EPISODE 178 | RELEASED August 1, 2022
All About Radiation for Dogs | Jenny Fisher
What kills brain cancer cells, takes only 5-7 minutes, and provides pain relief from osteosarcoma? Radiation therapy.
Radiation therapy can sound very scary to many dog lovers. But it can be extremely useful for dog cancer, both to destroy tumors and to provide pain relief.
Jenny Fisher is a veterinary technician specialist in oncology, and has helped many dogs through radiation treatments. She explains all things radiation therapy, from the different treatment types to its best uses and potential side effects.
If you’ve ever wondered about the difference between teletherapy and brachytherapy, why some courses of radiation are short and others long, or what a dog experiences when dropped off for a treatment, this episode is for you.
[00:00:00] >> Jenny Fisher: The one that’s absolutely amazing is with lymphoma. Lymphocytes, they melt, melt like butter when they are in the face of chemotherapy and radiation. And you may have this patient that has these really large lymph nodes that’s impacting their ability to breathe and they can be treated with radiation and literally be normal within 24 hours.
[00:00:22] >> Announcer: Welcome to Dog Cancer Answers where we help you help your dog with cancer.
[00:00:28] >> Molly Jacobson: Hello friend, we talk about chemotherapy and diet and alternative therapies a lot here on Dog Cancer Answers, but there’s another really important treatment to consider. Radiation can be used to treat a local tumor and hopefully cure it, but it can also be used for pain relief.
And so to discuss that today, we have Jenny Fisher. Jenny Fisher is a registered veterinary technician, and she’s also a veterinary tech specialist in oncology with years and years and years in the radiation vault helping dogs receive radiation treatments. So we’re going to ask her, all the things.
Jenny Fisher, welcome back to Dog Cancer Answers. We are so thrilled to have you join us again today to talk about radiation.
[00:01:16] >> Jenny Fisher: Hi, how are you? It is an honor to be back.
[00:01:19] >> Molly Jacobson: Thank you very much. I wanted to get your insight as a oh, what is your oncology…?
[00:01:26] >> Jenny Fisher: VTS.
So Veterinary Technician Specialist in the area of Oncology, and we go through a specific rigorous program for that to be able to call ourselves that.
[00:01:37] >> Molly Jacobson: Right. And so you specifically are here today to tell us about what happens during radiation treatments for dog cancer. And I understand there’s a couple of different kinds of radiation that you’ve assisted in and that you can help explain to us.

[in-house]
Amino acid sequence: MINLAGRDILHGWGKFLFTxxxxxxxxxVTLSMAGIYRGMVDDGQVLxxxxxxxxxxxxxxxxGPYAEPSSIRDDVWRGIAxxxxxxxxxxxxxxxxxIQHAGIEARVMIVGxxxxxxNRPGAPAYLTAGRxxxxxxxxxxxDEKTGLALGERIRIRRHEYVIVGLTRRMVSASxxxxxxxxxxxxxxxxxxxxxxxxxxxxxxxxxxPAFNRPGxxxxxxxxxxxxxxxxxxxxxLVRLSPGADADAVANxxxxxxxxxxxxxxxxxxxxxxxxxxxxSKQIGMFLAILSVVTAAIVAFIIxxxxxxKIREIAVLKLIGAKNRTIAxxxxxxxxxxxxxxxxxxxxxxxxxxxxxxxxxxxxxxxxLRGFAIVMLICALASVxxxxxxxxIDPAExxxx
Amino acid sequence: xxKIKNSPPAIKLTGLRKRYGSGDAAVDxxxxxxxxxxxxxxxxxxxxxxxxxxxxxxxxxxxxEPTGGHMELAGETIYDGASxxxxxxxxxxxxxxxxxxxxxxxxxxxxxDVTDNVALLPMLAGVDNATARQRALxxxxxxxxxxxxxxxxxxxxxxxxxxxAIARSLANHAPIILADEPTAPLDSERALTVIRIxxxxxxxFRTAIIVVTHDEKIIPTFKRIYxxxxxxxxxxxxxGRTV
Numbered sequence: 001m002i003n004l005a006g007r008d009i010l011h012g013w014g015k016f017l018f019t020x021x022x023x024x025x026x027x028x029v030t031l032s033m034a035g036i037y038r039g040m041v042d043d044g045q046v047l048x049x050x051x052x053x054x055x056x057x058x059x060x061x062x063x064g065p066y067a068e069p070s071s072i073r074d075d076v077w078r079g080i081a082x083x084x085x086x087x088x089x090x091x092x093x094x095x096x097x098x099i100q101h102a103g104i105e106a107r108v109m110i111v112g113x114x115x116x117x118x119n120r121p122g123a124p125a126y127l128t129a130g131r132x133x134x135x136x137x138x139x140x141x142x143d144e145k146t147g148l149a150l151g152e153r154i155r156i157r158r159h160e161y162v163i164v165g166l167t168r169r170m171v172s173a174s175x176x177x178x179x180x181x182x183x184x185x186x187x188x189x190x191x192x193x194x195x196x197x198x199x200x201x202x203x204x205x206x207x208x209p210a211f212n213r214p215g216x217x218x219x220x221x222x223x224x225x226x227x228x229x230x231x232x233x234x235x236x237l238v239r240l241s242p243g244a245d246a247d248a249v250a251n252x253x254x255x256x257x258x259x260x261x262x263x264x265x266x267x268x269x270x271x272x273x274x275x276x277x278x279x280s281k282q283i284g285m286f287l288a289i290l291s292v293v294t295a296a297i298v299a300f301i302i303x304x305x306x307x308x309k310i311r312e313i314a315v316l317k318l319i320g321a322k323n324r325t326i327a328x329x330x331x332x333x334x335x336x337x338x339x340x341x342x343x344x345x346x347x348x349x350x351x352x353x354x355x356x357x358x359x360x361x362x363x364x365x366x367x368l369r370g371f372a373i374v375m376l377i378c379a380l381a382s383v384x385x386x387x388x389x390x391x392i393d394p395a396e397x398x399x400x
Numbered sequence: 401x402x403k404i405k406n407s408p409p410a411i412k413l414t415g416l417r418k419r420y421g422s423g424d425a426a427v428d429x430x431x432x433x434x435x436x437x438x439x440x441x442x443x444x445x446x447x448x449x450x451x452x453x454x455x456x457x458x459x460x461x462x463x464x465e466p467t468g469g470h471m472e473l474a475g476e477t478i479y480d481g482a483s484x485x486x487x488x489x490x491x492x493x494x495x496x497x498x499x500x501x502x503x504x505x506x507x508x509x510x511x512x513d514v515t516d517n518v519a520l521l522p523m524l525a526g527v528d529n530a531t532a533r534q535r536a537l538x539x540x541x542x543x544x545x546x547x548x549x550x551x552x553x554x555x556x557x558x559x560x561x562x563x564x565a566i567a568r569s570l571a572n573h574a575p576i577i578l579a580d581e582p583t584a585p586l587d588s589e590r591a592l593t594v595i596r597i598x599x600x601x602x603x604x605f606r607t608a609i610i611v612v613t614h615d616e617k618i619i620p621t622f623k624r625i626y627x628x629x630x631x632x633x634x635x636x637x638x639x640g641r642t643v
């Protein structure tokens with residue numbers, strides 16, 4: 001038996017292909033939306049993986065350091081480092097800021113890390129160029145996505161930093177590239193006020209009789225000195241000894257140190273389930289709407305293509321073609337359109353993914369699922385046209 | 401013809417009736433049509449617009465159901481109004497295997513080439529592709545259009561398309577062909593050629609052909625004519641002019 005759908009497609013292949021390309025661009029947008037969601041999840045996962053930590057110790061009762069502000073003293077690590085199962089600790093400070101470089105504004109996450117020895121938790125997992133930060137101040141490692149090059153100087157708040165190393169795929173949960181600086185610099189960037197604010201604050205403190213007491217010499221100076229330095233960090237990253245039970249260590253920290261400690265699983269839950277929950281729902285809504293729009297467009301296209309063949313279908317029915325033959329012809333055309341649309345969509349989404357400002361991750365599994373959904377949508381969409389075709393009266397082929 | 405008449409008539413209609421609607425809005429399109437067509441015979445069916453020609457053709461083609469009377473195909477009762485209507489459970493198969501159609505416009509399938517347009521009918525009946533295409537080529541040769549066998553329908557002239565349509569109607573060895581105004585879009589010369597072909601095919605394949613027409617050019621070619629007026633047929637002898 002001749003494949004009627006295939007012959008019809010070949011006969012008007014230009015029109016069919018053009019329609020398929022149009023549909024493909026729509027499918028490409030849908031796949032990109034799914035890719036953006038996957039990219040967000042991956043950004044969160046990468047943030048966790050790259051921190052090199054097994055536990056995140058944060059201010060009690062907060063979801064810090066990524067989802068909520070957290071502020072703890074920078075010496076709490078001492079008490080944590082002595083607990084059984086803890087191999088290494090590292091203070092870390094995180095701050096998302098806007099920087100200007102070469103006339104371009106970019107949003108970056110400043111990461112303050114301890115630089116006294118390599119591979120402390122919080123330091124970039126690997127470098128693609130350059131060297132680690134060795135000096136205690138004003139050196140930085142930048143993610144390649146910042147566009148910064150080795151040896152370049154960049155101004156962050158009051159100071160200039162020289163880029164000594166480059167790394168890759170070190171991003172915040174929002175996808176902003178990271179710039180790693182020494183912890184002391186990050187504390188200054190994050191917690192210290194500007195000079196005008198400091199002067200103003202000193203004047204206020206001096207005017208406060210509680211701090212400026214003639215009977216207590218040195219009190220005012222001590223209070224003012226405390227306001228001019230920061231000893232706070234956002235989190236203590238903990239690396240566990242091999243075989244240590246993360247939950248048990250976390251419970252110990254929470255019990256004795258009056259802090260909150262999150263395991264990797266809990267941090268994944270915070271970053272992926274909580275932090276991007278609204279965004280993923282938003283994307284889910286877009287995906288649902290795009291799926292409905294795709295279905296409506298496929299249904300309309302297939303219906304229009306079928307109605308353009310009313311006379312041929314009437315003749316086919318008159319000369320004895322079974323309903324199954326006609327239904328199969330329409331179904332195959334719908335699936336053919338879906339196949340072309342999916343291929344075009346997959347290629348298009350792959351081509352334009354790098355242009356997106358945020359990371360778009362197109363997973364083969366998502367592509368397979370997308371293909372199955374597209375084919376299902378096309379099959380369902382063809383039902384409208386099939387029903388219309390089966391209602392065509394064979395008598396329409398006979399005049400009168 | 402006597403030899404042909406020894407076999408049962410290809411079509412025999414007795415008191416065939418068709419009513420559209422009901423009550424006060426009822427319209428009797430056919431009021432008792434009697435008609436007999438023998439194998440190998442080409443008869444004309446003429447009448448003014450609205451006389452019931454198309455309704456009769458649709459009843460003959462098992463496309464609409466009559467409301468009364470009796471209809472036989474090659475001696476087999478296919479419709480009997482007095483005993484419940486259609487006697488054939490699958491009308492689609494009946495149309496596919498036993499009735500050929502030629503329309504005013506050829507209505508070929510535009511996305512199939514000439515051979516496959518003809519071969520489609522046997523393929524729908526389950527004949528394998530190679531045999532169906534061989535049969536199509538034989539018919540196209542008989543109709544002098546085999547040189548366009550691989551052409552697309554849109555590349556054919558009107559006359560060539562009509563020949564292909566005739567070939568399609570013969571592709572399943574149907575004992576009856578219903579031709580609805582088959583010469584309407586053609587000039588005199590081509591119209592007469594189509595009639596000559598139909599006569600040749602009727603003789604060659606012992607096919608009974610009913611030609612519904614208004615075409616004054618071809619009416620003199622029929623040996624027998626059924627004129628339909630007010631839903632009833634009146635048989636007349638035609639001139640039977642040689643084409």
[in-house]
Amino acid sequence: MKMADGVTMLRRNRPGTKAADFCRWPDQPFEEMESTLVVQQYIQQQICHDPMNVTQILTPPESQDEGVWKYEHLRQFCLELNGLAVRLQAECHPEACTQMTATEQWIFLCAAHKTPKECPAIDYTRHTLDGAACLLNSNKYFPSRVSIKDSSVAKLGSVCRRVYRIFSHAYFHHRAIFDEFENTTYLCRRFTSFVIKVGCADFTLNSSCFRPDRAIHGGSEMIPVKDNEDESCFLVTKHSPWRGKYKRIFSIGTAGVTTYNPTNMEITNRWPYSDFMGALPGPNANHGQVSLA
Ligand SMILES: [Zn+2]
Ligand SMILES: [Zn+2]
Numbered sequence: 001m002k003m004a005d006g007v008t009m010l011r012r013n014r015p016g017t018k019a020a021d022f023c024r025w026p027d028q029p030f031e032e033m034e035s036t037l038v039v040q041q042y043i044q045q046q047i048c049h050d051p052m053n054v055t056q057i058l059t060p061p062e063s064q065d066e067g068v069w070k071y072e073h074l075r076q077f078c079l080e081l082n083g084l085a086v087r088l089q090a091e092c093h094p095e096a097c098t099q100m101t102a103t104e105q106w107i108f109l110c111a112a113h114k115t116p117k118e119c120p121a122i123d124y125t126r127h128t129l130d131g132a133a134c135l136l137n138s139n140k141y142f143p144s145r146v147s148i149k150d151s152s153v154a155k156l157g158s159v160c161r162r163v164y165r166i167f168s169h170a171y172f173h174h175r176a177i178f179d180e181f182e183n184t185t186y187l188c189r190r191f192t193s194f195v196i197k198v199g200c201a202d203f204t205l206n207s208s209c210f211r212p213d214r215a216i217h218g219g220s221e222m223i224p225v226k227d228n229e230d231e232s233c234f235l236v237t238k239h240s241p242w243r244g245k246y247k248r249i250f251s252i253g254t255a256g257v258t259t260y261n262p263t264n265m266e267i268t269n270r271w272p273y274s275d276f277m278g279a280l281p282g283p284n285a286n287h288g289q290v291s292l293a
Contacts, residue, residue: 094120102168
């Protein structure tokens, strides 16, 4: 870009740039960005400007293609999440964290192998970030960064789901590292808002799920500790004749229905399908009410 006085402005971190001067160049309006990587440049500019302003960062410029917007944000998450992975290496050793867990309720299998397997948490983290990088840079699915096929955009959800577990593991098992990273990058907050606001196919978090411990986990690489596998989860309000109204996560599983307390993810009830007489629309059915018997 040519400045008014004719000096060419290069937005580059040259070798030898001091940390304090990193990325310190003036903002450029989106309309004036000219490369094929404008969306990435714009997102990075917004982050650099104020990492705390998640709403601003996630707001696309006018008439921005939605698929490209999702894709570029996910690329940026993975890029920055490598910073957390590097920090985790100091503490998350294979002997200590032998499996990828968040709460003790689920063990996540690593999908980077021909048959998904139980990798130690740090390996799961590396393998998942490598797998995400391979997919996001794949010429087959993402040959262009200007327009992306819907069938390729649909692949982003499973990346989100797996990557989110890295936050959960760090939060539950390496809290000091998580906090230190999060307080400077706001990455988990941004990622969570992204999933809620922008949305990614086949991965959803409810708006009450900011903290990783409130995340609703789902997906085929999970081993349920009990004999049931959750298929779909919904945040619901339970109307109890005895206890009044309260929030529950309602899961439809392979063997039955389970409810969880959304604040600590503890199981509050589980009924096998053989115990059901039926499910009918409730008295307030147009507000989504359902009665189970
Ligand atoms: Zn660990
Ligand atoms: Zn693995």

[00:01:55] >> Jenny Fisher: Absolutely. So when I talk about radiation, I, I like to split it into two categories.
So there’s diagnostic radiation, things like x-rays where we’re trying to diagnose a problem. And then there is therapeutic radiation. So a radiation treatment used to treat a diagnosis.
[00:02:17] >> Molly Jacobson: Okay.
[00:02:17] >> Jenny Fisher: Now, when we’re talking about therapeutic radiation, there are two different types of that type of therapy, right?
So with therapeutic radiation in veterinary therapy, we have what’s called teletherapy, which is pointing a beam, like an x-ray machine, a big machine at the patient, and delivering the radiation that way. We also have what’s called brachytherapy, which is where the patient is implanted or injected with a radioactive material that is going to be used to treat the condition.
So one of the big misconceptions with the radiation that comes out of the machine, the teletherapy, people think that their pet’s gonna be radioactive after that treatment, and that’s not the case. Those pets do not come home radioactive. They’re not glowing. They don’t have to be isolated. But if it is a pet that receives brachytherapy where they have the actual radioactive source administered or applied, that can be a different scenario.
So in situations like I-131 for hyperthyroidism in kitty cats, those cats have to be isolated for a period of time until they clear that radioactive isotope. So, very important to know when you’re talking to your veterinarian about radiation, and typically you’ve had a diagnosis of cancer and been referred to the oncologist, you’re going to wanna ask things, how is the radiation delivered? Where will it be delivered, and will my pet need to be isolated for a period of time? All right.
[00:03:58] >> Molly Jacobson: And the isolation is to protect everybody else.
[00:04:03] >> Jenny Fisher: Correct. It’s to protect the pet family and the pet parents, you know. Human medicine, you may go to the hospital and get a radioactive isotope and the release orders are much lower actually than we may have in the veterinary space. So you may not have to be isolated for as long when you have your I-131 and your kitty cat may have to stay, you know, a little bit longer than you.
[00:04:26] >> Molly Jacobson: And they’re staying in the hospital.